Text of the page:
Take ordinary window glass, coat one side with a microthin layer of diamond, and you have the makings of an extraordinary video display. That's according to SI Diamond Technology Inc. (SIDT), a five-year-old Houston startup. Founder Howard K. Schmidt says the technology not only promises brighter displays that consume less power but also might cost less. If so, diamond screens could leapfrog Japanese strengths in liquid-crystal displays, now widely used for portable computers.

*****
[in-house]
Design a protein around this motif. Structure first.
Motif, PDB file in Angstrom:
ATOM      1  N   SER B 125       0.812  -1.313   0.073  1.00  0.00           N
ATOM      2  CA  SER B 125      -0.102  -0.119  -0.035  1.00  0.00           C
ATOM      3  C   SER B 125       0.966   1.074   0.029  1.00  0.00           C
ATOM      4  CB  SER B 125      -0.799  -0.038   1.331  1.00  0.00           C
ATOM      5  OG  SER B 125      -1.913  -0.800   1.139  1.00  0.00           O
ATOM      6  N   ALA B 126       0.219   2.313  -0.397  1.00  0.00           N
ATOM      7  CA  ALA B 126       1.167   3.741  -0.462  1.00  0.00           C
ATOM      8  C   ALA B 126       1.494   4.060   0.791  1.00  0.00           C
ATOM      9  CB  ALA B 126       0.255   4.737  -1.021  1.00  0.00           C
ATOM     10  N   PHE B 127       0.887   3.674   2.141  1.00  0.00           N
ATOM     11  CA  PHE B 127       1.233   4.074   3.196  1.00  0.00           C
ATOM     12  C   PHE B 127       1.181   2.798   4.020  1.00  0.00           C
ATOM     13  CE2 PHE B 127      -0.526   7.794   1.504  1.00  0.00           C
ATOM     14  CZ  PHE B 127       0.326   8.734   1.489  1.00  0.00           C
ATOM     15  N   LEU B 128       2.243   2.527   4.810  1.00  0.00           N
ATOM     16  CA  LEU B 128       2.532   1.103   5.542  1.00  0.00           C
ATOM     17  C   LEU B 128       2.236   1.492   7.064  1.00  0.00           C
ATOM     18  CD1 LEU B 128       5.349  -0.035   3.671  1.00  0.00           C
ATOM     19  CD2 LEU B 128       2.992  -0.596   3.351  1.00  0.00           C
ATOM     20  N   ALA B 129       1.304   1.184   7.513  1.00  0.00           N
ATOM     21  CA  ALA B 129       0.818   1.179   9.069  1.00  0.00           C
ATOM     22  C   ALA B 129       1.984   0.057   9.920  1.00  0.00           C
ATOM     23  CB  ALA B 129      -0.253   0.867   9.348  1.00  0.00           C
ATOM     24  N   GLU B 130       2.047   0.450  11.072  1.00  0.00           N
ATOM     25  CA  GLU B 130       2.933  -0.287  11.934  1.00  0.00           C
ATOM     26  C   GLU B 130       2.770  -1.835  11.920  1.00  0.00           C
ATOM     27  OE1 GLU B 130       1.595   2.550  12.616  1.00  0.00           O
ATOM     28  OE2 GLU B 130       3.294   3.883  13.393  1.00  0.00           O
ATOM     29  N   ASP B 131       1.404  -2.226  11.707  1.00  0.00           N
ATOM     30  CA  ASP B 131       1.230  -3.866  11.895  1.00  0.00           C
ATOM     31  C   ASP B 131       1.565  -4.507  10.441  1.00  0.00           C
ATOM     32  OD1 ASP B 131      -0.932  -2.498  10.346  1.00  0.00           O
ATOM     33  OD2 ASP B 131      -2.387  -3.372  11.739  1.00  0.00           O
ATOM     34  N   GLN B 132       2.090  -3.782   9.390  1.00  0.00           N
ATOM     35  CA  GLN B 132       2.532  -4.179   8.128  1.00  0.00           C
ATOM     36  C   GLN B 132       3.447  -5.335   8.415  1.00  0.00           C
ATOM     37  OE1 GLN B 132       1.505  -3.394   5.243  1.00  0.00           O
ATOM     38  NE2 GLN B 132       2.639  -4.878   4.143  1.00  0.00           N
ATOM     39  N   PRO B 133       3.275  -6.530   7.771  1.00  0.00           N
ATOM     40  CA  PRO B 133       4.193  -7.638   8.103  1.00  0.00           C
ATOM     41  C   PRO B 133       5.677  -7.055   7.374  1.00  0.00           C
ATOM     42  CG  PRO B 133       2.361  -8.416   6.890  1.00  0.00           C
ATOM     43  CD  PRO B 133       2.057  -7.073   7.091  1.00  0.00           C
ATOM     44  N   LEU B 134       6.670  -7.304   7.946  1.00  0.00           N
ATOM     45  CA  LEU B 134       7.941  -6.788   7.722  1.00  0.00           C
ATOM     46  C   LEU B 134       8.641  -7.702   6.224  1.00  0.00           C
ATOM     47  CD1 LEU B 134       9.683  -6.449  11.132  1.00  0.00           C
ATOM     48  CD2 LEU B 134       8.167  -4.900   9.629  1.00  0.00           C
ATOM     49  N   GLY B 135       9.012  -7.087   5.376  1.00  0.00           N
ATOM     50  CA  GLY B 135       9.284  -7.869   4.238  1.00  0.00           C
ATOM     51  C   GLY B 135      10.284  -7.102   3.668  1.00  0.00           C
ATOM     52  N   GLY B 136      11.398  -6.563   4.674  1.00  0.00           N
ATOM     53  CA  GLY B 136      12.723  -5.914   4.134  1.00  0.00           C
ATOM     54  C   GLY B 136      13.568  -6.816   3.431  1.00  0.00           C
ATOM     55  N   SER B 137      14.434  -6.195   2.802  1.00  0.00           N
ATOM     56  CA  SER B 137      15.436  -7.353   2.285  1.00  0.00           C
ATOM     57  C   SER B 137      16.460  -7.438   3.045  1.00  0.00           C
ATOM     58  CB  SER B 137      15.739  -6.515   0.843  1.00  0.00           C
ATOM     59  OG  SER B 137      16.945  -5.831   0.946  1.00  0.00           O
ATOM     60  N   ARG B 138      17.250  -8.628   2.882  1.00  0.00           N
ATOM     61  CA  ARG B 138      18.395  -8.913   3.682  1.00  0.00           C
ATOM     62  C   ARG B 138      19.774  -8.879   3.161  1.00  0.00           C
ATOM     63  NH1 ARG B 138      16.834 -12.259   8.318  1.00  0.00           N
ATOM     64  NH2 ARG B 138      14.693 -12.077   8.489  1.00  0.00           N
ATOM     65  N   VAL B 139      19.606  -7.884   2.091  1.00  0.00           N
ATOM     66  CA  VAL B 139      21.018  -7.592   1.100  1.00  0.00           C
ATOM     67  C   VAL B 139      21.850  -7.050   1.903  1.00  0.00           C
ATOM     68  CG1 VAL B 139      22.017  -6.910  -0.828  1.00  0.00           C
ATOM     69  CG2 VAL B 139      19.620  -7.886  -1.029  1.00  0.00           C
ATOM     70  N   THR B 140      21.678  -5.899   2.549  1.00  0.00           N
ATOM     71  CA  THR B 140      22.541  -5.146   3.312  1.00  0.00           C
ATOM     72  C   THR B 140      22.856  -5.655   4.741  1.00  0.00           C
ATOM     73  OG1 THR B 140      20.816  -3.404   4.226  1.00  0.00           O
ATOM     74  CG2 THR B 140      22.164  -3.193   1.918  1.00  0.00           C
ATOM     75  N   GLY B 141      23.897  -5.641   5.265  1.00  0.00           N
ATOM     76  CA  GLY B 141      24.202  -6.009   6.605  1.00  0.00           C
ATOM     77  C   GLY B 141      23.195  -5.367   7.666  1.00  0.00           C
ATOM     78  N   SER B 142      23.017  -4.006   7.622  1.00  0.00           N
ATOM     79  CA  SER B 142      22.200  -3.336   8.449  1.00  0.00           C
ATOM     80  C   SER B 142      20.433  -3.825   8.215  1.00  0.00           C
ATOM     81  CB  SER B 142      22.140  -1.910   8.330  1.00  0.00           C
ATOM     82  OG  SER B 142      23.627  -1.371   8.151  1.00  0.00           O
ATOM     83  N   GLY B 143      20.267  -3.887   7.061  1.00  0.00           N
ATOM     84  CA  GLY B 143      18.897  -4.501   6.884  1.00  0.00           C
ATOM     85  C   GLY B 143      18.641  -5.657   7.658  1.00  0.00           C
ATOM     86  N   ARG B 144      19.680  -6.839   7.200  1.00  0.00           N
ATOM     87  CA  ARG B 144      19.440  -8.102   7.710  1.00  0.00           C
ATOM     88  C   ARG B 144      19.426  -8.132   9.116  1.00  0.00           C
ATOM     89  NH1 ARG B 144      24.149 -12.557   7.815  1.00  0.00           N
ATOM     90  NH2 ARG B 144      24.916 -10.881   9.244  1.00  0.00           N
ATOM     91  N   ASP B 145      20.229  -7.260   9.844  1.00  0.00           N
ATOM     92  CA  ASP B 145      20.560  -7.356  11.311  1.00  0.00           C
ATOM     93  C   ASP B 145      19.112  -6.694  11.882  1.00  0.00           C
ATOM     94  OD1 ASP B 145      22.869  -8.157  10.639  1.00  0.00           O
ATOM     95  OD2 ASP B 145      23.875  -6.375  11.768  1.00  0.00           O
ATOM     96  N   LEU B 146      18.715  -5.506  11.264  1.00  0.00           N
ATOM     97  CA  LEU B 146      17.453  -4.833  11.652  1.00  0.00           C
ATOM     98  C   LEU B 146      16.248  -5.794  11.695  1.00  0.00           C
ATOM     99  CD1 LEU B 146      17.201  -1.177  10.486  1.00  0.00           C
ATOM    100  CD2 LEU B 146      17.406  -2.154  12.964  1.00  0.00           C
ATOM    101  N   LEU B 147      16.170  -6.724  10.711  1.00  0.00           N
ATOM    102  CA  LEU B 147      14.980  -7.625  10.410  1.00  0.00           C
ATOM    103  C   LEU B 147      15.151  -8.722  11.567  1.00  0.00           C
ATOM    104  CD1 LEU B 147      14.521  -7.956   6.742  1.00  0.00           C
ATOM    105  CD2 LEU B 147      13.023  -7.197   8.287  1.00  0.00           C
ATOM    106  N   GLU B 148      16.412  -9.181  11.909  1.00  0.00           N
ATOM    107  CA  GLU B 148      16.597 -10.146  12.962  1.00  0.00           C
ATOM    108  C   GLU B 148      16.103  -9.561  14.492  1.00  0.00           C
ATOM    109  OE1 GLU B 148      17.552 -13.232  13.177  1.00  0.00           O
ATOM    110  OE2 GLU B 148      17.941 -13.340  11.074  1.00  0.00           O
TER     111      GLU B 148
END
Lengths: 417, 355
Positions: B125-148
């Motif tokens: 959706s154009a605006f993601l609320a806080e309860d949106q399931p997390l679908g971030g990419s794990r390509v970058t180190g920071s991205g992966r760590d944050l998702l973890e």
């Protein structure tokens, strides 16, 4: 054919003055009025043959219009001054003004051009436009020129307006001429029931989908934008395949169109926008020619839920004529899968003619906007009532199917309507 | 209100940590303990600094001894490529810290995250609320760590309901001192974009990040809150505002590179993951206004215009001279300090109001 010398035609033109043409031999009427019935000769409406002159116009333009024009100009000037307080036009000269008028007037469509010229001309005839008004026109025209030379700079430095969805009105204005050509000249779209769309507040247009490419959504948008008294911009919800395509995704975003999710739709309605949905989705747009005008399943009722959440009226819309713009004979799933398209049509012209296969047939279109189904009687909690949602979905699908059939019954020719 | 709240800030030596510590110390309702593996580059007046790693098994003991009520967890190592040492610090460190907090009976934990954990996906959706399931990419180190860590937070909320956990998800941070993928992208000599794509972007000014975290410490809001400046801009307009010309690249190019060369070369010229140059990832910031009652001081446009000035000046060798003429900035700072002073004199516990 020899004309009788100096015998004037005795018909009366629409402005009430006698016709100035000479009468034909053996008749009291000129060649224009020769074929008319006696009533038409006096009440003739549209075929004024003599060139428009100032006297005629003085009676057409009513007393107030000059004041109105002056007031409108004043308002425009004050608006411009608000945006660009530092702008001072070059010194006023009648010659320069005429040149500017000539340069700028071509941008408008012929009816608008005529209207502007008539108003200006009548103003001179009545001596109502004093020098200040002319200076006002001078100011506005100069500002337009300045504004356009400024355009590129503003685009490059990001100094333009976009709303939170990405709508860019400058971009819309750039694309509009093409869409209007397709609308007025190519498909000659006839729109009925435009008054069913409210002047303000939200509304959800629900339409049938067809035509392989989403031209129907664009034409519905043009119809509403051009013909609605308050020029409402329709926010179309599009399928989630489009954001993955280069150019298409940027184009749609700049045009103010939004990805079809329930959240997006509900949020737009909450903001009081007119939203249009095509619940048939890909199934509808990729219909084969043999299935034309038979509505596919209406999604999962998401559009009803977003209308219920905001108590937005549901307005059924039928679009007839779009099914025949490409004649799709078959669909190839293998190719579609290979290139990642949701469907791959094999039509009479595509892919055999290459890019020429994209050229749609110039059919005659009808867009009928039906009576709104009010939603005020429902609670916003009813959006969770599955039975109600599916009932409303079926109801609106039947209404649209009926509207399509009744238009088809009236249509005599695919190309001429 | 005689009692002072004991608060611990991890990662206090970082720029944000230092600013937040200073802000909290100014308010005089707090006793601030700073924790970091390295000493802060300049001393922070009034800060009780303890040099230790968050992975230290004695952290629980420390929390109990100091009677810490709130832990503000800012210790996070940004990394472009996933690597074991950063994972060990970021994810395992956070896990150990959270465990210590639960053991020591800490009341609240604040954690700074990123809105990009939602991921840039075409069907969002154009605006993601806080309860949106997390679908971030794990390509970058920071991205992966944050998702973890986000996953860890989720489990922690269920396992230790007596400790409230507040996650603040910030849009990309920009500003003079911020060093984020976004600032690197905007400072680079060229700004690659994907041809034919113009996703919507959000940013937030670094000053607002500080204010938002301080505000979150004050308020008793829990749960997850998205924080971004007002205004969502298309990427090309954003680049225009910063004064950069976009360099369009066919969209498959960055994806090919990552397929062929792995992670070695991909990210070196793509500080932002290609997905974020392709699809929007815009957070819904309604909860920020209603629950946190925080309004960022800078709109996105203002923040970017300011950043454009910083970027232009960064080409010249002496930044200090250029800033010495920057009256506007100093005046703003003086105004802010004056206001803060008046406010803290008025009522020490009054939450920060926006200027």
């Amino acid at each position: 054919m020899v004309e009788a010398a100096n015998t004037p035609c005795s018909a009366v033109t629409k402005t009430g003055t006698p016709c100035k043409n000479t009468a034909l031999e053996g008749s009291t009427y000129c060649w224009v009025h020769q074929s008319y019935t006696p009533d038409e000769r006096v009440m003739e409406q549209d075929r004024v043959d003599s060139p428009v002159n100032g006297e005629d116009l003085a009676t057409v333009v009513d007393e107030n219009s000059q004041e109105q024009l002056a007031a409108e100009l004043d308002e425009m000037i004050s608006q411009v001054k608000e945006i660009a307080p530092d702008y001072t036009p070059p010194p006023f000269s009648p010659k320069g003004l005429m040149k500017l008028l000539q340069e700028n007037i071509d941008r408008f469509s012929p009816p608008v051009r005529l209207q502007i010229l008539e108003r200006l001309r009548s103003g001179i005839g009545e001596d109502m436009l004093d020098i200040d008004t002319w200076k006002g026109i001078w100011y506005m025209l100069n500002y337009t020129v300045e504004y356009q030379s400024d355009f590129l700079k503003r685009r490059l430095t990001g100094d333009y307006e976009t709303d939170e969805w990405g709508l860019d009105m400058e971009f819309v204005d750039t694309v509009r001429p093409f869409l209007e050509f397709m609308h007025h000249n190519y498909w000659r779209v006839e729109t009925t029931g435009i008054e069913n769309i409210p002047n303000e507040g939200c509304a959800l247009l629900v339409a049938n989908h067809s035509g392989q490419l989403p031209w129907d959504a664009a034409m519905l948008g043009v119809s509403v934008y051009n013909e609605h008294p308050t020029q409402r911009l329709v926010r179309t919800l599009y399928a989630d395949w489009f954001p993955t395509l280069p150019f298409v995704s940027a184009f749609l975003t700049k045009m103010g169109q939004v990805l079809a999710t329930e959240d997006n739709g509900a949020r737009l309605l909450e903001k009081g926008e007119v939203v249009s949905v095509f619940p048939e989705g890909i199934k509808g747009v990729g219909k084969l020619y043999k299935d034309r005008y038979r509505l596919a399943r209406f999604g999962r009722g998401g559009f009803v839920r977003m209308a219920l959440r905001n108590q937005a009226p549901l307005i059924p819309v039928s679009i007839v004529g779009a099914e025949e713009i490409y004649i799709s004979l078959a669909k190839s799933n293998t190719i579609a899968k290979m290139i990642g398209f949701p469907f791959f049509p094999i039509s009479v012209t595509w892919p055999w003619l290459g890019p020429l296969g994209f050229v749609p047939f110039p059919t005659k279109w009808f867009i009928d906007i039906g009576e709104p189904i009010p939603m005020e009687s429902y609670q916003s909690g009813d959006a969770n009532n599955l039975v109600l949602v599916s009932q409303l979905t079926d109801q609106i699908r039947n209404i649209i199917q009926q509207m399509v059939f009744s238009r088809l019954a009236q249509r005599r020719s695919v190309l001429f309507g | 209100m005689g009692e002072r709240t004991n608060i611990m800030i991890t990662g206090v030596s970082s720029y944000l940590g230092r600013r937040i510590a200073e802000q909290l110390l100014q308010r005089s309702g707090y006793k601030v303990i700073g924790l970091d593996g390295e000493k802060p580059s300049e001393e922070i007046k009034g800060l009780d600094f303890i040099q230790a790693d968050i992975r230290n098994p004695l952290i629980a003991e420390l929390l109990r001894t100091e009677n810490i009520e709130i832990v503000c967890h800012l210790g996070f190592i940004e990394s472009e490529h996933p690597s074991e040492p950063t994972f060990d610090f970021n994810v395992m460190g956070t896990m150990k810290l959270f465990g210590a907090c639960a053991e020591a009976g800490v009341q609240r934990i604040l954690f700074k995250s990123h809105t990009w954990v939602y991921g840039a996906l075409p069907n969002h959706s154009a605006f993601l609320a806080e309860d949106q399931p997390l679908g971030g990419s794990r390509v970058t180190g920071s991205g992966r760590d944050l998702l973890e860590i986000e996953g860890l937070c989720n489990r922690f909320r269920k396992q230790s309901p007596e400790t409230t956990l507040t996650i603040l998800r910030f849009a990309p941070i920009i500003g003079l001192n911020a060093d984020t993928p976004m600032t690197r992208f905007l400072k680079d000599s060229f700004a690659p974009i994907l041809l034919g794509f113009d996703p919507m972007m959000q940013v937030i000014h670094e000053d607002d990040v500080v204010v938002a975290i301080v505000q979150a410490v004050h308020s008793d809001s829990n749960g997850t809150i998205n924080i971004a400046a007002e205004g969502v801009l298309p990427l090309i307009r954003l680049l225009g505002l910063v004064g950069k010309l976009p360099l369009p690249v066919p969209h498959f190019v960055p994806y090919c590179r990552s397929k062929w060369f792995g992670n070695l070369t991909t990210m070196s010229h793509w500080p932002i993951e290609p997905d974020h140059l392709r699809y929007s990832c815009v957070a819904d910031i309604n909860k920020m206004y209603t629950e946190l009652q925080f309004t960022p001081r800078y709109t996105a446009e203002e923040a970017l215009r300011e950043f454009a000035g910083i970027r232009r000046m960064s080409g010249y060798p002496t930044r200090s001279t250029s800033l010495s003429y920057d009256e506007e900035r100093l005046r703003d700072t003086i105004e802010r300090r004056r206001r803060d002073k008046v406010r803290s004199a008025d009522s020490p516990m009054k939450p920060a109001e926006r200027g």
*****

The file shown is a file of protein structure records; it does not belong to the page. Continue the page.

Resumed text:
If that seems a tall order for little SIDT, consider its backers: Last fall, Microelectronics & Computer Technology Corp. (MCC), an Austin (Tex.) consortium, teamed up with SIDT to develop commercial production methods. They aim to bring the first small, 4-inch-by-6-inch, monochrome displays to market later this year--using an MCC "clean room" leased to SIDT. And in mid-February, SRI International's David Sarnoff Research Center, which specializes in video, joined up to develop a color version of SIDT's diamond screen. Schmidt hopes this will lead to hang-on-the-wall TVs by decade's end.